WIPO Arbitration and Mediation Center
ADMINISTRATIVE PANEL DECISION
Moncler S.r.l. v. Silin Trade
Case No. D2011-0511
1. The Parties
Complainant is Moncler S.r.l. of Milan, Italy, represented by Studio Legale Jacobacci, Sterpi, Francetti, Regoli, de Haas & Associati of Torino, Italy.
Respondent is Silin Trade of Fujian, the People’s Republic of China.
2. The Domain Names and Registrar
The disputed domain names <monclergibbit.com>, <moncler-meop.com>, <moncler-shop10.com>, and <moncler-vermoo.com> are registered with Bizcn.com, Inc.
3. Procedural History
The Complaint was filed with the WIPO Arbitration and Mediation Center (the “Center”) on March 19, 2011. On March 21, 2011, the Center transmitted by email to Bizcn.com, Inc. a request for registrar verification in connection with the disputed domain names. On March 22, 2011, Bizcn.com, Inc. transmitted by email to the Center its verification response confirming that the Respondent is listed as the registrant and providing the contact details. On March 23, 2011, the Center transmitted by email to the parties in both Chinese and English regarding the language of proceedings. On March 23, 2011, Complainant confirmed its request that English be the language of proceedings. Respondent did not comment on the language of proceedings by the specified due date.
The Center verified that the Complaint satisfied the formal requirements of the Uniform Domain Name Dispute Resolution Policy (the “Policy” or “UDRP”), the Rules for Uniform Domain Name Dispute Resolution Policy (the “Rules”), and the WIPO Supplemental Rules for Uniform Domain Name Dispute Resolution Policy (the “Supplemental Rules”).
In accordance with the Rules, paragraphs 2(a) and 4(a), the Center formally notified Respondent of the Complaint, and the proceedings commenced on March 31, 2011. In accordance with the Rules, paragraph 5(a), the due date for Response was April 20, 2011. Respondent did not submit any response. Accordingly, the Center notified Respondent’s default on April 21, 2011.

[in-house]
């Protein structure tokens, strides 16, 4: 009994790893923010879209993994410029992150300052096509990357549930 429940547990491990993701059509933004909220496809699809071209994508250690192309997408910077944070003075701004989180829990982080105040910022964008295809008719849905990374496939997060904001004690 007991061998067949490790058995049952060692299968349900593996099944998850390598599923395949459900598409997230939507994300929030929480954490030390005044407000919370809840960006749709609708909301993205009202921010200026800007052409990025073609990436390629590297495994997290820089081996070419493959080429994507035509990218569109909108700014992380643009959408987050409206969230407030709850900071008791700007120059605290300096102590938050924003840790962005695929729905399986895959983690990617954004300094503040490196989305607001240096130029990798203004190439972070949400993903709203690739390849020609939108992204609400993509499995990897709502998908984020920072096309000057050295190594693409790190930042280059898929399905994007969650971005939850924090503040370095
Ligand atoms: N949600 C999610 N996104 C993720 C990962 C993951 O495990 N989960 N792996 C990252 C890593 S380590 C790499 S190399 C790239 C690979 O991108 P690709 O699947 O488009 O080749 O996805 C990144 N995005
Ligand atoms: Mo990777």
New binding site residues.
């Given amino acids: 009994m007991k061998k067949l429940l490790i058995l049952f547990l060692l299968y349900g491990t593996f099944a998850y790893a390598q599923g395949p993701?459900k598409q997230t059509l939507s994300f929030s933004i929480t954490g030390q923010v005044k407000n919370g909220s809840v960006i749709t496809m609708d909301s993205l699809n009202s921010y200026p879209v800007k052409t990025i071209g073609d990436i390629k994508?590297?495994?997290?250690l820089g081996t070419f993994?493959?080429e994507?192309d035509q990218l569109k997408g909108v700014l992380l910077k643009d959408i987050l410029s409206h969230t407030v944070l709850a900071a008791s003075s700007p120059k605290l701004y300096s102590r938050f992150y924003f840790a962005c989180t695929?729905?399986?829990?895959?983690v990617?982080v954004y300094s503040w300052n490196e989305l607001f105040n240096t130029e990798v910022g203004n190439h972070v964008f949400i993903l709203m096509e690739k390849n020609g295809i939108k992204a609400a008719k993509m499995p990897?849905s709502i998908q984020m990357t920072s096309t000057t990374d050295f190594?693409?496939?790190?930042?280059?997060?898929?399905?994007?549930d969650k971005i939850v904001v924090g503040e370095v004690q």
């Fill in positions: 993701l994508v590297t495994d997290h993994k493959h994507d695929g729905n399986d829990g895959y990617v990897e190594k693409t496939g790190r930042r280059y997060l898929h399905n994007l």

The Center appointed Kimberley Chen Nobles as the sole panelist in this matter on May 4, 2011. The Panel finds that it was properly constituted. The Panel has submitted the Statement of Acceptance and Declaration of Impartiality and Independence, as required by the Center to ensure compliance with the Rules, paragraph 7.
Language of the Proceeding
Paragraph 11(a) of the Rules provides that, unless otherwise agreed by the parties, or specified otherwise in the registration agreement for the disputed domain name, the language of the administrative proceeding shall be the language of the registration agreement. This is subject to the authority of the Panel to determine otherwise, having regard to the circumstances of the case. In this case, the language of the registration agreements for the disputed domain names is Chinese. Complainant filed arguments in support of English being recognized as the language of the proceedings based partly on the observation that English is the most commonly used language of international business. The Center requested comments from Respondent regarding the language of the proceedings by the deadline of March 28, 2011. Because Respondent did not object by the deadline, the Center initiated the administrative proceeding and sent all further communications to Respondent in the English and Chinese languages. The Center also invited Respondent to submit a response in the English or Chinese languages.
In light of these circumstances, the Panel concludes that it will proceed in line with the Center’s preliminary decision to accept the Complaint as filed in English and issue a decision in English.
4. Factual Background
Complainant Moncler S.r.l. is an Italian company in the field of sportswear and sport bags. Complainant was founded in France in 1952 and owns registrations for its MONCLER and MONCLER & Design trademarks valid in multiple jurisdictions including the United States of America, the European Community, and the People’s Republic of China for clothing and related items in Class 25.
The disputed domain names <moncler-meop.com> and <moncler-vermoo.com> were created on October 11, 2010, while the disputed domain names <moncler-shop10.com> and <monclergibbit.com> were created on October 28, 2010 and October 29, 2010, respectively. All of the disputed domain names are registered with Bizcn.com, Inc. The literal content of the websites featured at the disputed domain names is in Italian and English, and each website advertises clothing items for sale and features Complainant’s MONCLER and MONCLER & Design trademarks. Specifically, Complainant’s MONCLER trademark is featured in the descriptions of the items, and Complainant’s MONCLER and MONCLER & Design trademarks are featured in many of the images of the items offered for sale. Additionally, Complainant’s MONCLER & Design trademark is displayed in the web browser address bar when each of the disputed domain names is accessed.